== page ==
The thought of Samsung design and BlackBerry productivity is clearly appealing to Research in Motion investors, who gave the company a surprise boost on the market Wednesday after reports that the BlackBerry maker was talking about licensing its upcoming software to Samsung.
RIM shares jumped Wednesday after several media outlets picked up an investors’ note from analyst Peter Misek of Jefferies that said RIM may be reviving “discussions with Samsung regarding a BB10 licensing deal,” as All Things Digital reported. Others speculated that Samsung may be looking at an all-out acquisition of the fading handset maker.
But Samsung flatly denied the rumors to several media outlets, saying that it “has not considered the acquisition of Research in Motion or licensing BB10.”
RIM has made no secret of the fact that it may try to license out its delay-plagued operating system, which is expected to be released in January.
The company has talked openly about considering partnerships, and chief executive Thornsten Heins told the Telegraph last week that he was considering licensing agreements.
Samsung would logically be the first place anyone looking to license their smartphone system would stop, since it is the world’s largest smartphone maker and already makes phones on multiple platforms — though it’s primarily an Android handset maker. Adding a third platform could help Samsung shake its dependence on Google, Misek noted, something that is particularly important following the Motorola acquisition.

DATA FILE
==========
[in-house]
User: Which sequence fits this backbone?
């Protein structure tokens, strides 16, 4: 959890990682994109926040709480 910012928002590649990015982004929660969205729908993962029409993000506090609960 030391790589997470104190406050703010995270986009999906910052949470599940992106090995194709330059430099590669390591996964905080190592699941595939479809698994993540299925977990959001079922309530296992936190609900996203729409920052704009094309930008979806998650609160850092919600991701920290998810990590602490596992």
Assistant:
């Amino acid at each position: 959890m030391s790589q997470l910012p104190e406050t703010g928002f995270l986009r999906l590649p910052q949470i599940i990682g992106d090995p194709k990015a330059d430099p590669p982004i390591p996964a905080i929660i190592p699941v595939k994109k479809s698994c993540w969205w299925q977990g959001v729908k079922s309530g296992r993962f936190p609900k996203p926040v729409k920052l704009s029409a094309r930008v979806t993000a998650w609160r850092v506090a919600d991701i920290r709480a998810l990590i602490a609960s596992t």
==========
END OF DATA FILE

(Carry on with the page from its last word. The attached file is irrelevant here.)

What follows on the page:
For RIM, a partnership seems like a strong option. The company does have a unique, enterprise market to offer any partners. And the company is keenly aware that having other people build the hardware for its phones could help with a major BlackBerry pain point — the price.
But it’s likely that manufacturers will want to get a feel of what the system is really like in the hands of consumers before they jump on board. In any case, Samsung says that talks with RIM are a no-go for now, and investors can continue their waiting game until 2013.
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